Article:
Microservices Architecture: Challenges of Building Microservices
Building good microservices is tricky business. In this post, we cover some of the challenges in the process and some of the basic ways to conquer them.
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Microservices architectures are very popular today. In this article, we discuss the important challenges in developing a microservices architecture.
- Identifying Microservice Boundaries and Implementing Bounded Context
- Having Proper Configuration Management
- Implementing Technology for Dynamic Scale Up and Scale Down
- Ensuring High Visibility
- Ensuring High Fault Tolerance
Introduction to the Cloud and Microservices: Challenges and Advantages
This is the fourth article in a series of five articles on cloud and microservices. You can find the first three parts here:
- Microservices Architecture and a Quick Introduction to Cloud: Why, What, and How
- Microservices Architecture: Introduction to Spring Cloud
- Microservices Architecture: Advantages of Microservices
Identifying Microservice Boundaries: Implementing Bounded Context
We are aware that in a microservices architecture, instead of single, big monolithic application, we build a number of independent microservices talking with each other:
An important question one faces while designing such a system is, 'how do we define the boundaries of individual microservices?'
How do you decide what one service does, and what it should not do?
This is particularly difficult for a new application, as there may not be enough business knowledge to establish the right boundaries.
The task of deciding the boundaries of microservices is an evolving process. It is not something you necessarily get right the first time.
It often involves using domain driven design while playing around with the functionality of the microservices. As you gain design knowledge, you need to put that knowledge back into the microservices architecture.
The best practices include following domain driven design practices.
Having Proper Configuration Management
Configuration management poses quite a stiff challenge in implementing microservices.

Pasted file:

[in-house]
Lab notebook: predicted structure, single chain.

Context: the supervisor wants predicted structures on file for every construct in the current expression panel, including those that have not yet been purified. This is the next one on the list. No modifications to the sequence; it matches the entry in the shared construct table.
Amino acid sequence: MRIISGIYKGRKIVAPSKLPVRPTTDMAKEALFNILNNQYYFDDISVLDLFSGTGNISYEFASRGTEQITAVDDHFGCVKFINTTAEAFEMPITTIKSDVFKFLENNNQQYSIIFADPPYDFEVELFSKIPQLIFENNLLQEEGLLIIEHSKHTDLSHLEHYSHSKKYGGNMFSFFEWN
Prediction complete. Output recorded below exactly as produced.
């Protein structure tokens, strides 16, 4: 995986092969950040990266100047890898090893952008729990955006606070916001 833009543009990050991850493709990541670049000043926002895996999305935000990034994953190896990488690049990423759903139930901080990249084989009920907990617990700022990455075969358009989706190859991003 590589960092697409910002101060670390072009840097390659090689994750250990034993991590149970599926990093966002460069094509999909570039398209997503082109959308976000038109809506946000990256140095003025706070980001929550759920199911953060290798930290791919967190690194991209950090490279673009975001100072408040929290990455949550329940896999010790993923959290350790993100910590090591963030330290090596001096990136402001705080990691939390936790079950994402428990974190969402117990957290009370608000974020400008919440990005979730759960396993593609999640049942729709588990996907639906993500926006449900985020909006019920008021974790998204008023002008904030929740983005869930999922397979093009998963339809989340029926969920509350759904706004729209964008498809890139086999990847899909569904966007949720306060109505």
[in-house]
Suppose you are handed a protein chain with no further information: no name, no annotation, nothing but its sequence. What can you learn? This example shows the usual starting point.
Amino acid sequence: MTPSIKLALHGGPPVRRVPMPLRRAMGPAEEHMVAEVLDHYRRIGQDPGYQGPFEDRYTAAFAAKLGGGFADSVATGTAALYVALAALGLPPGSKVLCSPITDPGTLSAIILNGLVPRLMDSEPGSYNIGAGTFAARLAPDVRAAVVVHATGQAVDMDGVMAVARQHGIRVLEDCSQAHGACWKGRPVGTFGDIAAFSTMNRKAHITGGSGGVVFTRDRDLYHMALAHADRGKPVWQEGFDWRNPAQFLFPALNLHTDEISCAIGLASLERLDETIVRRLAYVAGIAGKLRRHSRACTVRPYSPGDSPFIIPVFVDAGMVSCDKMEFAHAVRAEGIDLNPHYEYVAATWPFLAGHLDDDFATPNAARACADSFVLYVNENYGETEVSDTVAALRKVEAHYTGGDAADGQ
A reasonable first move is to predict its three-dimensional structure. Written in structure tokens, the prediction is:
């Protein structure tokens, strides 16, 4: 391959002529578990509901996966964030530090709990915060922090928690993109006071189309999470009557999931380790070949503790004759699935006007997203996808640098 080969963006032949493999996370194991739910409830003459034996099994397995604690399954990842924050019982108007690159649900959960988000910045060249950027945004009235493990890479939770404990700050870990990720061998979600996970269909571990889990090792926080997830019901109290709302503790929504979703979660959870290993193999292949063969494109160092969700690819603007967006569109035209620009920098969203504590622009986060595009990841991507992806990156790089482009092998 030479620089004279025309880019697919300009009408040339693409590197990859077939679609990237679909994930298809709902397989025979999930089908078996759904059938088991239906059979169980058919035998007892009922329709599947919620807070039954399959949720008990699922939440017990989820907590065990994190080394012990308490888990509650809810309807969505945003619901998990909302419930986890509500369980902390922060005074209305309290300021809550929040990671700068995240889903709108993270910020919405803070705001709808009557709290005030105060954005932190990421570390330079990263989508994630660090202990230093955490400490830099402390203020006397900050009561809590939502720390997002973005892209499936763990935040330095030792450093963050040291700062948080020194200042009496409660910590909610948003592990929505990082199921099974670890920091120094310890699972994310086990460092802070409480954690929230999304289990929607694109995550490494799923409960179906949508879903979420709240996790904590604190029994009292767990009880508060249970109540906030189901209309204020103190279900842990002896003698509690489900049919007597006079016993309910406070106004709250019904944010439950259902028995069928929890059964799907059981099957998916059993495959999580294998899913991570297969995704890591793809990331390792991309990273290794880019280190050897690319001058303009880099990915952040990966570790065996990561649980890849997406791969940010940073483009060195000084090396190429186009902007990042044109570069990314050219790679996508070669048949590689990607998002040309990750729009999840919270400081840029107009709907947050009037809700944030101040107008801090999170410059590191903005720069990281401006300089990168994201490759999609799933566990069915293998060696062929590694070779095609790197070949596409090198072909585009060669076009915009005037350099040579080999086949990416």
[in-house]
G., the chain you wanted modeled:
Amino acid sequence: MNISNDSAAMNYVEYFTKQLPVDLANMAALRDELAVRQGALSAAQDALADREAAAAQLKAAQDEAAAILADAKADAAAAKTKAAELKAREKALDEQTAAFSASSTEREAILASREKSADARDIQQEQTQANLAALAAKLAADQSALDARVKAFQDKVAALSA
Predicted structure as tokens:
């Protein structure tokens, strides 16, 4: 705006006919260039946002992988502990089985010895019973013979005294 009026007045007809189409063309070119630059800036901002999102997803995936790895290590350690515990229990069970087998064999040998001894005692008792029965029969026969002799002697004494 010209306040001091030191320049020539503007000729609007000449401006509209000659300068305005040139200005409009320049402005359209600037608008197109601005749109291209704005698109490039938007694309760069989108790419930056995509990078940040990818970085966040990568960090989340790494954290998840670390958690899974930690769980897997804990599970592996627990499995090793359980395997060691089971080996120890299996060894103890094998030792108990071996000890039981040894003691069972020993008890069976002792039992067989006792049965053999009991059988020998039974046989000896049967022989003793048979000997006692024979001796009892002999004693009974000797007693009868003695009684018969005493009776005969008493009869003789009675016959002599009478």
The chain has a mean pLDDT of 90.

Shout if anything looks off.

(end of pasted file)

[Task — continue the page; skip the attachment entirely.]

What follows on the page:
Suppose that, in our system, we have a few microservices, each of which has multiple instances in each environment:
In a slightly larger system, there could be 10 microservices with 5 environments, and 50 instances at least. We are talking about tons of configurations here!
This will involves a lot of work for the operations team, just to maintain all these configurations.
Typically, centralized configuration helps you manage configuration.
Implementing Technology for Dynamic Scale Up And Scale Down
For a microservices architecture, establishing the technology to do dynamic scaling of infrastructure is a mountain to scale in itself.
The loads on different microservices could be different, at different points in time:
At a particular point in time, you may need two instances of Microservice2. However, at a later point in time, that may go up to four. Again, it could shoot up to 10 later. In essence, we need to bring up new instances of a microservices when they are in demand, and bring them down when they are no longer needed.
All this scaling needs to be done with dynamic load balancing. At the point of time shown in the diagram above, the load from Microservice1 needs to be distributed among the four instances of Microservice2. Later, when there are 10 instances of Microservice2, there needs to be another load redistribution among those 10 instances.
Building an architecture for this involves a number of technical components: a naming server, load balancers, and monitoring tools to identify whether to scale in or scale out.
Ensuring High Visibility
Ensuring visibility is one of the most important challenges that needs to be addressed.
If we say that the functionality of the above system needs to be distributed among 10 microservices, but there is a bug, how do you identify where the bug is? There is clearly a need for a centralized log, where we need to find out what happened with a specific request.
We also need to have effective monitoring across the microservices.
Ensuring High Fault Tolerance
If not well designed, a microservices architecture can behave like a pack of cards. A microservice at the end of such a chain would be fundamental to the system behaving well.
Therefore, it is very important for you to have sufficient fault tolerance in place in your system.
In this article, we looked at the various challenges that need to be addressed while designing a microservices architecture. We covered areas such as bounded context, configuration management, dynamic scale up and scale down, and visibility and fault tolerance.
Published at DZone with permission of Ranga Karanam, DZone MVB. See the original article here.
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